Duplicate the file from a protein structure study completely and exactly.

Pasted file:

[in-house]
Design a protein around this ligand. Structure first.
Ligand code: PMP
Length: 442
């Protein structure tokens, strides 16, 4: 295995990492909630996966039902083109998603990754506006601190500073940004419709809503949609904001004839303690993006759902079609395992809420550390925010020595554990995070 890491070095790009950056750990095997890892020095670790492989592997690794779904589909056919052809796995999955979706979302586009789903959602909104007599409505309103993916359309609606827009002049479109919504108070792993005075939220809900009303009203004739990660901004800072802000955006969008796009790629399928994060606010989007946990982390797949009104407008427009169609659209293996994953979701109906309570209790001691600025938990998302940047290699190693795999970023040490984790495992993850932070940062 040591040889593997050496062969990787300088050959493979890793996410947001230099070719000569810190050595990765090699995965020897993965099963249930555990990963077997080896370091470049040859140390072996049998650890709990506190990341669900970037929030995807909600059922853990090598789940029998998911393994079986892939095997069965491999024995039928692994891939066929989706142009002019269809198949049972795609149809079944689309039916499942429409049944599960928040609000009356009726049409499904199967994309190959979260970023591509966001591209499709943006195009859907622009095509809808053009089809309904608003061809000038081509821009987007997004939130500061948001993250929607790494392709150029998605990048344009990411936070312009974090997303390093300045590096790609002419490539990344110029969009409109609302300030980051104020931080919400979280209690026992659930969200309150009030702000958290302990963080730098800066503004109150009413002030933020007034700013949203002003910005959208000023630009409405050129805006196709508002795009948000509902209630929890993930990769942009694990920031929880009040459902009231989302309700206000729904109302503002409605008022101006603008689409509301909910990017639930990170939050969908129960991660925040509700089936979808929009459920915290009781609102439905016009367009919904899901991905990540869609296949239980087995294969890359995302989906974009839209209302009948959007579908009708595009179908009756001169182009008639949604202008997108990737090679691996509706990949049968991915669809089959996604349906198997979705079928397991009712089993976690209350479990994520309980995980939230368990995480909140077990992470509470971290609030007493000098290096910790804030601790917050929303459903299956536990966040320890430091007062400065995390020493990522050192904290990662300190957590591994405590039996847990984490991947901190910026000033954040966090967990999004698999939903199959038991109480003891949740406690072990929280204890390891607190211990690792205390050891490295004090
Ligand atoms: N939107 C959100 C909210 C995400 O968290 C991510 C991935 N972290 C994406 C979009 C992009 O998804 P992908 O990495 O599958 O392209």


[in-house]
Design a protein around this ligand. Structure first.
Ligand code: PMP
Length: 442
């Protein structure tokens, strides 16, 4: 295995990492909630996966039902083109998603990754506006601190500073940004419709809503949609904001004839303690993006759902079609395992809420550390925010020595554990995070 890491070095790009950056750990095997890892020095670790492989592997690794779904589909056919052809796995999955979706979302586009789903959602909104007599409505309103993916359309609606827009002049479109919504108070792993005075939220809900009303009203004739990660901004800072802000955006969008796009790629399928994060606010989007946990982390797949009104407008427009169609659209293996994953979701109906309570209790001691600025938990998302940047290699190693795999970023040490984790495992993850932070940062 040591040889593997050496062969990787300088050959493979890793996410947001230099070719000569810190050595990765090699995965020897993965099963249930555990990963077997080896370091470049040859140390072996049998650890709990506190990341669900970037929030995807909600059922853990090598789940029998998911393994079986892939095997069965491999024995039928692994891939066929989706142009002019269809198949049972795609149809079944689309039916499942429409049944599960928040609000009356009726049409499904199967994309190959979260970023591509966001591209499709943006195009859907622009095509809808053009089809309904608003061809000038081509821009987007997004939130500061948001993250929607790494392709150029998605990048344009990411936070312009974090997303390093300045590096790609002419490539990344110029969009409109609302300030980051104020931080919400979280209690026992659930969200309150009030702000958290302990963080730098800066503004109150009413002030933020007034700013949203002003910005959208000023630009409405050129805006196709508002795009948000509902209630929890993930990769942009694990920031929880009040459902009231989302309700206000729904109302503002409605008022101006603008689409509301909910990017639930990170939050969908129960991660925040509700089936979808929009459920915290009781609102439905016009367009919904899901991905990540869609296949239980087995294969890359995302989906974009839209209302009948959007579908009708595009179908009756001169182009008639949604202008997108990737090679691996509706990949049968991915669809089959996604349906198997979705079928397991009712089993976690209350479990994520309980995980939230368990995480909140077990992470509470971290609030007493000098290096910790804030601790917050929303459903299956536990966040320890430091007062400065995390020493990522050192904290990662300190957590591994405590039996847990984490991947901190910026000033954040966090967990999004698999939903199959038991109480003891949740406690072990929280204890390891607190211990690792205390050891490295004090
Ligand atoms: N939107 C959100 C909210 C995400 O968290 C991510 C991935 N972290 C994406 C979009 C992009 O998804 P992908 O990495 O599958 O392209």